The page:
Not surprisingly Harvey’s initial reaction is to sulk in silence (since opening his mouth again is liable to get him smacked).

Later the captain approaches him with a simple job to do before he can come below deck and eat (throw fish heads over the side). Harvey responds with “I not going to eat”. “Suit yourself”, says the captain. Typical childhood stubbornness.

Down below deck there’s a discussion going on about what to do with the kid. It’s bad luck to have a passenger on a fishing boat. The captain argues that since he’s paying the kid to work he’s not a passenger. This appeases the men somewhat, but it’s only when the captain orders Manuel (Spencer Tracy) to take Harvey on as an apprentice (i.e. babysit) that the issue gets settled fully.

Manuel first tries making a big show about how good the food is, but Harvey doesn’t budge.

Then Manuel tries to negotiate, “just do a little bit of work and you can go eat, I’ll do the rest”. He does his best to make it sound fun.

Still Harvey does nothing.

Then Harvey tries to make off with one of the smaller fishing boats to row himself home.

Manuel grabs him by the scruff of the neck and holds him until he quits thrashing around.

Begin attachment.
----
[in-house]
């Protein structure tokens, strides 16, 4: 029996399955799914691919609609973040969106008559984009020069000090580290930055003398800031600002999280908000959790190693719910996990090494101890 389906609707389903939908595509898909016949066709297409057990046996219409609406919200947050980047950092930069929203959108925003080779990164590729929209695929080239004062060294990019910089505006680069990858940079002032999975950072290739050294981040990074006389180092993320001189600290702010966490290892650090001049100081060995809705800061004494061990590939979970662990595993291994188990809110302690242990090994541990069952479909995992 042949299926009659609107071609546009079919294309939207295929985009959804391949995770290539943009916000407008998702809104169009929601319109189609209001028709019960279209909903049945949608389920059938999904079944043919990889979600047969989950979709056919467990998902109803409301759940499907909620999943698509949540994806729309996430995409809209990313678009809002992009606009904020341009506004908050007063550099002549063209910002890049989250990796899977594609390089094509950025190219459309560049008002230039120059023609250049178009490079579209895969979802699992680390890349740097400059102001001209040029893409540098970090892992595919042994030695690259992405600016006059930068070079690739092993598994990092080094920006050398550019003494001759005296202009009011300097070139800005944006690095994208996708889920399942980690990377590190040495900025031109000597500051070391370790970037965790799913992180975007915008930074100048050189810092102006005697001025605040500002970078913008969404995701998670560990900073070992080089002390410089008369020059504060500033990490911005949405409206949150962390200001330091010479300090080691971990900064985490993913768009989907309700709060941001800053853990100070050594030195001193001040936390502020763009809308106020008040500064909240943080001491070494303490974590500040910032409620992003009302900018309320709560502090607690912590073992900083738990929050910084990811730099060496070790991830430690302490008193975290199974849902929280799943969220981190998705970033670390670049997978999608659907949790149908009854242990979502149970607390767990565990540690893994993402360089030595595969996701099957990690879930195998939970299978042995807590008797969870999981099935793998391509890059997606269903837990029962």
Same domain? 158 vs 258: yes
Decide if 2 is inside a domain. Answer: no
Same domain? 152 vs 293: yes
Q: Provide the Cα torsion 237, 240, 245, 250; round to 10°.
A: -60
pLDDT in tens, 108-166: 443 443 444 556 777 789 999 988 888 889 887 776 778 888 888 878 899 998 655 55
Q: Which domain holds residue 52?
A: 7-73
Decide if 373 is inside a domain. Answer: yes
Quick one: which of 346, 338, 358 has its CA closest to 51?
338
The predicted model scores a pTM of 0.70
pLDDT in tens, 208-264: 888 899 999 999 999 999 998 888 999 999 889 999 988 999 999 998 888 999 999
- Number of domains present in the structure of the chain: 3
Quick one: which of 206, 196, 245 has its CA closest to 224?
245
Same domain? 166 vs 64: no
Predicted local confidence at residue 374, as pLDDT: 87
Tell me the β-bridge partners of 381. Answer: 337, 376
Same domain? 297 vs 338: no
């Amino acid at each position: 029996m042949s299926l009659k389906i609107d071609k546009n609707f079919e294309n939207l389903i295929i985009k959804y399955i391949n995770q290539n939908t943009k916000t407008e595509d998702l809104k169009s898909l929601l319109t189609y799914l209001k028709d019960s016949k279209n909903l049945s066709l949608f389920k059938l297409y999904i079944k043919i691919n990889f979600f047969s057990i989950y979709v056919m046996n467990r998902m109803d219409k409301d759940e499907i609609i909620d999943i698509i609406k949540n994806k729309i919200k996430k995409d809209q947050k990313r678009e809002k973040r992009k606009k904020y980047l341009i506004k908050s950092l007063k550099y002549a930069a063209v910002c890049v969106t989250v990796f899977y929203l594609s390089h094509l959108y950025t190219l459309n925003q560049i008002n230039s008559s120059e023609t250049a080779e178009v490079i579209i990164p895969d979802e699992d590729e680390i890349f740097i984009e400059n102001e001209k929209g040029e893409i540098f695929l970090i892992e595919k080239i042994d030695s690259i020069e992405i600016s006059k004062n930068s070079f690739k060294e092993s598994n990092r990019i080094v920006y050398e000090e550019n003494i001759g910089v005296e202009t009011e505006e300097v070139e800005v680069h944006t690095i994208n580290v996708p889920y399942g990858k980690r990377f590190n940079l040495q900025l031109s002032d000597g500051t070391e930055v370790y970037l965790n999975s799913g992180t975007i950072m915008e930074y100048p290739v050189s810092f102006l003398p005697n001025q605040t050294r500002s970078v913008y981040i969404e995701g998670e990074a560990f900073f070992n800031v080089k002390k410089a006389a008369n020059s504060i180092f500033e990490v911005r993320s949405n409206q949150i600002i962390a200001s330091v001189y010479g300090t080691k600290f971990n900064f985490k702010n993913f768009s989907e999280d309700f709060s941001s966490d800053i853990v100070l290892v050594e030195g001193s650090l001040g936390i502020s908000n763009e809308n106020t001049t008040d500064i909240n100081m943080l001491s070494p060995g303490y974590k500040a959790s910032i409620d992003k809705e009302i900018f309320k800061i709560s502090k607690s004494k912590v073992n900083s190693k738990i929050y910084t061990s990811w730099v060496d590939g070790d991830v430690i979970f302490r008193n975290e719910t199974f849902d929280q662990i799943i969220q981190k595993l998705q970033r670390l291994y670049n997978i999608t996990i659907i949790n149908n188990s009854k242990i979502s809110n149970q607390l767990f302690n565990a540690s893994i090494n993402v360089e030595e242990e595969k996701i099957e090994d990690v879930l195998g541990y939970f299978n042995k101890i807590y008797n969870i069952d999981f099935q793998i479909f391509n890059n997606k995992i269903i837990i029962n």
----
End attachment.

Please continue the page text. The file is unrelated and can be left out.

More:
“I can do this all day”.

Eventually Harvey quits struggling but still doesn’t give in to doing any work. Manuel has a solution for that too.

Manuel lets Harvey go eat after that hoping that the days events will teach Harvey something. Maybe after a hot meal he’ll have a new attitude.

You can see though that it’s going to take more than a few fish heads over the side for the rest of the crew to embrace him.

The film carries on this way for a while. Harvey behaving like a brat, Manuel not letting him get away with anything. Slowly but surely though we start to see changes in Harvey attitude. It’s very satisfying to watch. In fact it’s just a terrific bit of writing and slow, thoughtful filmmaking. This is the best film of the marathon so far so there’s actually very little to razz it for. :)

One of the biggest lessons Harvey learns comes after he and Manuel have already become friends. Another fisherman on board gets on Manuel’s case about his style of fishing (jigging instead of trolling), basically calling into question the ability of Portuguese fisherman. He bets him 50 cents (a month’s wage is $3 remember) that Manuel can’t catch more fish than he can in one day. Manuel accepts, but is forced to wager a straight razor his father gave him because he doesn’t have any money.

Harvey acts as Manuel’s dory-mate, rowing and even pulling in a fish of his own to help Manuel win the bet.

Meanwhile on the other dory the fisherman who challenged Manuel is caught up in his own rigging.

Harvey proudly tells Manuel that he intentionally fouled the man’s lines so that Manuel would win the bet.

Manuel quits speaking to Harvey, throws his fish back into the sea and returns Harvey to the ship.